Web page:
Latest post of the previous page:
I think that's taking it out of context. It goes on to say:Nick wrote:Alan H wrote:I think you're missing the point that it's all about prohibited grounds/protected characteristics and only about these: they can't discriminate on protected characteristics, but they could refuse to bake the cake with a right-wing message on it because that does not entail discrimination of persons on the grounds of any protected characteristic.animist wrote:I have to say that this does not seem well reasoned to me. It does seem to entail that my example - a socialist who would not produce a cake with a rightwing message - could be penalised, because this baker had not already declared that he would refuse to make products with political messages
I don't think you are right, Alan, because the judgement says this: [my bold]The judge said that even if she had been persuaded that the appellants had not been aware of the respondent’s religious belief and/or political opinion, she would have found that the appellants discriminated against him by treating him less favourably on the grounds of their own religious beliefs and political opinion.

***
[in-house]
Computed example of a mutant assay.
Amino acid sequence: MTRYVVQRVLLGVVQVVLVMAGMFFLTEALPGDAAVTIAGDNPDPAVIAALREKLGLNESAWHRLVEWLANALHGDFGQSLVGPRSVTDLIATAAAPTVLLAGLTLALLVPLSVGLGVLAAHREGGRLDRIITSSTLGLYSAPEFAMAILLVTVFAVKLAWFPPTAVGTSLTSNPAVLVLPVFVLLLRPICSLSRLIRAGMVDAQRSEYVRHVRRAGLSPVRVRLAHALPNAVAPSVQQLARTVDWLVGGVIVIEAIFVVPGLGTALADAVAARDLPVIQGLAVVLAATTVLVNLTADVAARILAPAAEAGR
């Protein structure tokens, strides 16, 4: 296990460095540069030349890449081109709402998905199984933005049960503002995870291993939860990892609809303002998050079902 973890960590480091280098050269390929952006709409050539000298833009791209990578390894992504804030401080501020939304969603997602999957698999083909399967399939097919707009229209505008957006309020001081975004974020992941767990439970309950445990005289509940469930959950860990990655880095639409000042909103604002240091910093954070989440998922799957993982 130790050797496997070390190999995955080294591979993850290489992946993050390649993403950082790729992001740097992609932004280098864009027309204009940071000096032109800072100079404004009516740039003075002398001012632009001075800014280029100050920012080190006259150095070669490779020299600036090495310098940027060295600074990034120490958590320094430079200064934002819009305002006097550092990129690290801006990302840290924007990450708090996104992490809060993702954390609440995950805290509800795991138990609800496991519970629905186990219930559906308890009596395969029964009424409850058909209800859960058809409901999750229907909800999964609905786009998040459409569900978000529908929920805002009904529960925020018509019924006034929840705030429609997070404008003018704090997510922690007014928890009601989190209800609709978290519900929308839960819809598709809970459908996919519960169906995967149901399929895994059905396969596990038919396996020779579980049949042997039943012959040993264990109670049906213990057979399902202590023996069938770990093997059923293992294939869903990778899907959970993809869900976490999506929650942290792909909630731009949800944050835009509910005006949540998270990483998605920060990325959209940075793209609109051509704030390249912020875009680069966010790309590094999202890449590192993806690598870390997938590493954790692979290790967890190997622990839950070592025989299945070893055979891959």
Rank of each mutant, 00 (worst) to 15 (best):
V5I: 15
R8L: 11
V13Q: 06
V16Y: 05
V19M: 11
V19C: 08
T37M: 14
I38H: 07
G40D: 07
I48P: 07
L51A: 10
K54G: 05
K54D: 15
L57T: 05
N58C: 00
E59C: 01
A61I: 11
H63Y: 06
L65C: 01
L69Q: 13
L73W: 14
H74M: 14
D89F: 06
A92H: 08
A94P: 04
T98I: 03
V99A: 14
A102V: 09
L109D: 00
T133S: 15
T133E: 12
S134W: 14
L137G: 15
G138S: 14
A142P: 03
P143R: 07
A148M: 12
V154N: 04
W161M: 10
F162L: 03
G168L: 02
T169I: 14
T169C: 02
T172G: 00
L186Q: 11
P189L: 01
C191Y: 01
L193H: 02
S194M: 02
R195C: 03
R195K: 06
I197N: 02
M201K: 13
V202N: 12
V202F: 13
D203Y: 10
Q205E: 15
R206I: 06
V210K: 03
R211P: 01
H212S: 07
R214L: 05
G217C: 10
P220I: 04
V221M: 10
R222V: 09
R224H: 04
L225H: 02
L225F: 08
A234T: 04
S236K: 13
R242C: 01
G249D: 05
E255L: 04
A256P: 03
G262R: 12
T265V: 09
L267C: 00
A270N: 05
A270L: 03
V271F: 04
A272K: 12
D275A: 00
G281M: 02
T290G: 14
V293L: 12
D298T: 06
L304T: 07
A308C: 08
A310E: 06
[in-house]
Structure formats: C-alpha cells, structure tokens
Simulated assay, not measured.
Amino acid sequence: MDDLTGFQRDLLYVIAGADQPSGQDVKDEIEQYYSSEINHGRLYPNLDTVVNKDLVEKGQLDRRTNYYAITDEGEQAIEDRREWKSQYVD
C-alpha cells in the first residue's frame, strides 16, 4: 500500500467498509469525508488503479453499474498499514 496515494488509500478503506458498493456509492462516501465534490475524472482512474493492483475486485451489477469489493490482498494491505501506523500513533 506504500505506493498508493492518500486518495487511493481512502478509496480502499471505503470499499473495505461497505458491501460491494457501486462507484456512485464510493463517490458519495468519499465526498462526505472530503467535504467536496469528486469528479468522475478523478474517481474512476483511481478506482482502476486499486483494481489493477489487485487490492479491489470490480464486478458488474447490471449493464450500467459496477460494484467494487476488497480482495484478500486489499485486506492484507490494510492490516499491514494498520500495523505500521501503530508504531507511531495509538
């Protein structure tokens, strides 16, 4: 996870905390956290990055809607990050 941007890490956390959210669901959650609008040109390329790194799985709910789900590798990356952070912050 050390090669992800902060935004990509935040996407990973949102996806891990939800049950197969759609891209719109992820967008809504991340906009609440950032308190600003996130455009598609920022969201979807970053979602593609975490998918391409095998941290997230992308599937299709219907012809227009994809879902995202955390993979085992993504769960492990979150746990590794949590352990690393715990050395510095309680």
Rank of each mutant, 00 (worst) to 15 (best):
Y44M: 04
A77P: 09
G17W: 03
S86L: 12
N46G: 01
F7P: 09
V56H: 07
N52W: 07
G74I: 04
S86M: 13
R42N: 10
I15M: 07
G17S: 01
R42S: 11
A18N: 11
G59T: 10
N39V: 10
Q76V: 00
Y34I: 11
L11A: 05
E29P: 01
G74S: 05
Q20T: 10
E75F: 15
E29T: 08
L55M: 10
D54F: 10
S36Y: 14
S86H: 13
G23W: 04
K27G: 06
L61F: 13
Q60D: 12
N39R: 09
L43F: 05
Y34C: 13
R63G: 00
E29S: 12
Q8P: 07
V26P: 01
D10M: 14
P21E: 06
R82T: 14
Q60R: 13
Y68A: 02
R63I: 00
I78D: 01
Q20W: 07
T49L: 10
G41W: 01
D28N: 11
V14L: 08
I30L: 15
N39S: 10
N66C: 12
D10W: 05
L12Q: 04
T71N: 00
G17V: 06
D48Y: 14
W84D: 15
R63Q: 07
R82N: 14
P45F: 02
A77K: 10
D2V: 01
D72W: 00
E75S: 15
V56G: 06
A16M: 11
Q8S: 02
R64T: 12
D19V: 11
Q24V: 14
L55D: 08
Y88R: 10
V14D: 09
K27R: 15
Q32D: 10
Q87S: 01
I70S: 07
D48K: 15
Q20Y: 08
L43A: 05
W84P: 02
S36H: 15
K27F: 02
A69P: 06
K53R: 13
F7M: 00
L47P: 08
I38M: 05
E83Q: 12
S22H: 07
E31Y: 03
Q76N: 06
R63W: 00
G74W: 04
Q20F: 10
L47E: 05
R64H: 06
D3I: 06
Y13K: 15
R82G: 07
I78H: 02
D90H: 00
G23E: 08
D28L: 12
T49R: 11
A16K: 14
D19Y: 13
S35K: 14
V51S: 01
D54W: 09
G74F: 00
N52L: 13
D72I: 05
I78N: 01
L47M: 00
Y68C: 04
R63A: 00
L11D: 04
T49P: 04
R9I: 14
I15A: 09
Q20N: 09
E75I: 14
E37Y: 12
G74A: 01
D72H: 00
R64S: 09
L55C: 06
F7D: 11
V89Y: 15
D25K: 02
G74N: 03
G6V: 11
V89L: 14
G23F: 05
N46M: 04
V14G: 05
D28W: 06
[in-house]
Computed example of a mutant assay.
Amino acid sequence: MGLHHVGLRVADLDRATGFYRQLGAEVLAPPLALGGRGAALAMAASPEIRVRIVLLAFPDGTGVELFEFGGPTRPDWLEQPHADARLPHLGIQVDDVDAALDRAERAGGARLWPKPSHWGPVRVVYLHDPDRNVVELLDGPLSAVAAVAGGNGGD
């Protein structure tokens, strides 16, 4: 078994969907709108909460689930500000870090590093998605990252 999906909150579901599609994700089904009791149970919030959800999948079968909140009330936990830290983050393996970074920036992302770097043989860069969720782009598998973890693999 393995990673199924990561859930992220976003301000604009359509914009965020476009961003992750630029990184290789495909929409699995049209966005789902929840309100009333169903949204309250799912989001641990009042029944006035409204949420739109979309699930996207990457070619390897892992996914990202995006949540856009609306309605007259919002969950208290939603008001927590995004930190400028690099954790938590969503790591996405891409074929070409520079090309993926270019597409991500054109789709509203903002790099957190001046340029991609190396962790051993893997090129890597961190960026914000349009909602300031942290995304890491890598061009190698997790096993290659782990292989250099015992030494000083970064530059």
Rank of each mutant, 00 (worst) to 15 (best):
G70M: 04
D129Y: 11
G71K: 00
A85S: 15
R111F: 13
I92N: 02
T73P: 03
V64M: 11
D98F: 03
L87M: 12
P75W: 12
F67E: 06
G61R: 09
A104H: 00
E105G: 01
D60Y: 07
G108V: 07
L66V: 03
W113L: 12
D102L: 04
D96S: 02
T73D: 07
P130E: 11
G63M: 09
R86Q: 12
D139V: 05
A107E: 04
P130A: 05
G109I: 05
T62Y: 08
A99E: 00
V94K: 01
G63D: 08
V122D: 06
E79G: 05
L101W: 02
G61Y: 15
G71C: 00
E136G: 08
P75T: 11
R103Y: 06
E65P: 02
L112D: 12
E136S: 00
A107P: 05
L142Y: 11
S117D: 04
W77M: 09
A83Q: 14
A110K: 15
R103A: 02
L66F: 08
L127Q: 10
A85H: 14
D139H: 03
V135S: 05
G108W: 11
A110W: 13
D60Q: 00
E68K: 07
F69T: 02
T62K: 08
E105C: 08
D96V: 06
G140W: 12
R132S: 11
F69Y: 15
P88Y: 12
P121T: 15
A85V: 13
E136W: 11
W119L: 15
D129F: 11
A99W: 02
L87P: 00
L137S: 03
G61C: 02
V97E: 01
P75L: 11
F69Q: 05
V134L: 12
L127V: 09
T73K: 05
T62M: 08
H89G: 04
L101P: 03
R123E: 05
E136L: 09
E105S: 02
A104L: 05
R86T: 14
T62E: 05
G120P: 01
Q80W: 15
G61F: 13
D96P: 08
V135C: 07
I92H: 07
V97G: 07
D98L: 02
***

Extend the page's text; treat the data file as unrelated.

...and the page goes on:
What they may not do is provide a service that only reflects their own political or religious message in relation to sexual orientation. (my emphasis)
Political persuasion is not protected under discrimination legislation: I think this is saying that it would not matter whether the discrimination in relation to sexual orientation was because of the religious beliefs or the political beliefs of the bakers. The reason the bakers had for discriminating is irrelevant (whether political or religious); the fact that they did discriminate - because of the protected characteristic of sexual orientation - is what was unlawful.